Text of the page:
- Communicate with your Realtor so he/she knows your needs and your time frame.
- Carefully calculate your financial needs, preparing for a worse case scenario.
- Investigate bridge or short-term loans options for paying both mortgages.
- Determine if the purchase of your new home is contingent on the sale of your existing home.
- Determine if you can afford two mortgage payments.
- Decide how much time you will need to leave your existing home upon accepting an offer.
- Investigate temporary housing.
When Previewing A Home
- Write notes when previewing a home so you will be able to discuss the details later with your Realtor.
- Ask questions about the home and discuss any objections or concerns you may have.
- Ask about the community - schools, shopping and transportation.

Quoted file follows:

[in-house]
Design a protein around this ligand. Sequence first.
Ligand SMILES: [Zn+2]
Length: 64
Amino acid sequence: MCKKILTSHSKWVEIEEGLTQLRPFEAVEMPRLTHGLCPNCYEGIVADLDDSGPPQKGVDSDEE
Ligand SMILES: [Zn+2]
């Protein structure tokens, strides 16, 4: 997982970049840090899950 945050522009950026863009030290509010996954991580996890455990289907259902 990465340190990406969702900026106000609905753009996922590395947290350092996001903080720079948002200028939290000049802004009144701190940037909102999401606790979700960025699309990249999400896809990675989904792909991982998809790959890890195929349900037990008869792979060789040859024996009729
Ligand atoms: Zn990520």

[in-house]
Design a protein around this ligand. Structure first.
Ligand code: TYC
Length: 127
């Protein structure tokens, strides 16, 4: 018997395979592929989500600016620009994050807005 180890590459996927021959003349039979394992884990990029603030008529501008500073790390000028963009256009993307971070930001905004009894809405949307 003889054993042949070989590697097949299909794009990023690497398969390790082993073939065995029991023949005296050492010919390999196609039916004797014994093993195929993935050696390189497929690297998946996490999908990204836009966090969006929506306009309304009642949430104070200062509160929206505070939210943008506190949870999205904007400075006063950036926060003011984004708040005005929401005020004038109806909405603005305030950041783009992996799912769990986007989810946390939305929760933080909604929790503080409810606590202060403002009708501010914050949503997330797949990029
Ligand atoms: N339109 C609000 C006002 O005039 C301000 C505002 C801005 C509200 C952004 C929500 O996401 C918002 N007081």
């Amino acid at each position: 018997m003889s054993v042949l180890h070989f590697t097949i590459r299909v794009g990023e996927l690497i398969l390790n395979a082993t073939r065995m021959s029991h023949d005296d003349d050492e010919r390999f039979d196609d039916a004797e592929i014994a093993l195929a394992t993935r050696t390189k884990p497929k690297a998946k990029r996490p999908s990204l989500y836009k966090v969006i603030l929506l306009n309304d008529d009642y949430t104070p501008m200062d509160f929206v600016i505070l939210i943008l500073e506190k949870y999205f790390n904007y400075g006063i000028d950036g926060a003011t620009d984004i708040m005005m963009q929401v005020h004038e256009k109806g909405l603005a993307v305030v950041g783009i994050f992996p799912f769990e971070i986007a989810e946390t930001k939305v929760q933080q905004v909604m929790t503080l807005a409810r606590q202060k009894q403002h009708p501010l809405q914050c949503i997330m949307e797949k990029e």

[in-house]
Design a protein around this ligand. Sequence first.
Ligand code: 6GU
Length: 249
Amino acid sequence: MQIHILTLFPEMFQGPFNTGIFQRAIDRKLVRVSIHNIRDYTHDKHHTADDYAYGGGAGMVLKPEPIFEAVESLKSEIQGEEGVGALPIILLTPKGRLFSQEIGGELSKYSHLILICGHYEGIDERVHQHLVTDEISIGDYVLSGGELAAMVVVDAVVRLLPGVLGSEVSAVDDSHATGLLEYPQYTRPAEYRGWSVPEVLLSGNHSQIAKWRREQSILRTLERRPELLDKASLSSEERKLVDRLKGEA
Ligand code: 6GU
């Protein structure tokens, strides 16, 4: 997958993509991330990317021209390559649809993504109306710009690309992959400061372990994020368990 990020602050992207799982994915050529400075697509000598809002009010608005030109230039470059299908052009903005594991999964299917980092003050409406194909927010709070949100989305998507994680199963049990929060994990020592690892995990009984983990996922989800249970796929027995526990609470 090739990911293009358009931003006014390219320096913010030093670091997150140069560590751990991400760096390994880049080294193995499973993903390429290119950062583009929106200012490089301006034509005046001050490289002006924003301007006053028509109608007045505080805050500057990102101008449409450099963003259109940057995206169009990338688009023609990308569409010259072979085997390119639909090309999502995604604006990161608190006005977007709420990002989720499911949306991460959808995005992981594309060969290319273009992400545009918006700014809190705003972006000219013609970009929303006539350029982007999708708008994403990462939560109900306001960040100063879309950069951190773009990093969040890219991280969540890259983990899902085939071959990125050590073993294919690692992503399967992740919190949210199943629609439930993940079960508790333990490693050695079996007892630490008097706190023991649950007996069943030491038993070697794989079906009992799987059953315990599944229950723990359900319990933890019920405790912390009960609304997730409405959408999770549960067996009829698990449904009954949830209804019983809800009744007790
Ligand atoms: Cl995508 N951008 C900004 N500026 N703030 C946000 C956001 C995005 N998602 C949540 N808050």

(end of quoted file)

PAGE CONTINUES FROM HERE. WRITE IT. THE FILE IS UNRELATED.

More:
- Ask specific questions about the construction of the home; electrical, plumbing, heating, cooling systems, etc.
- Have fun and relax. Finding your new home can be a rewarding experience. Have a good time and enjoy the process.
How Much Does It Cost To Buy A Home?
Typically, home buyers use 3, 5, 10 or 20% down financing when buying. Closing costs and prepaid items are also necessary and range between 1.5-2% of the loan amount. Appraisals and home inspections are not usually included. A buyer can ask a seller to help pay for some of the closing costs and prepaid items when buying a home.
Down pmt. % + Closing Costs & Prepaids (2%) + Appraisal & Inspection ($300-500) = Total Cost of Buying a Home.
What Is A Closing And What Happens At The Closing?
The "Closing" is an industry term for the close of a real estate transaction. A seller will receive their proceeds and sign over the title to the buyer. The buyer will finalize their mortgage and receive title from the seller. A closing typically will take about an hour and, after everything is complete, the keys are handed over to the buyer and the house is theirs!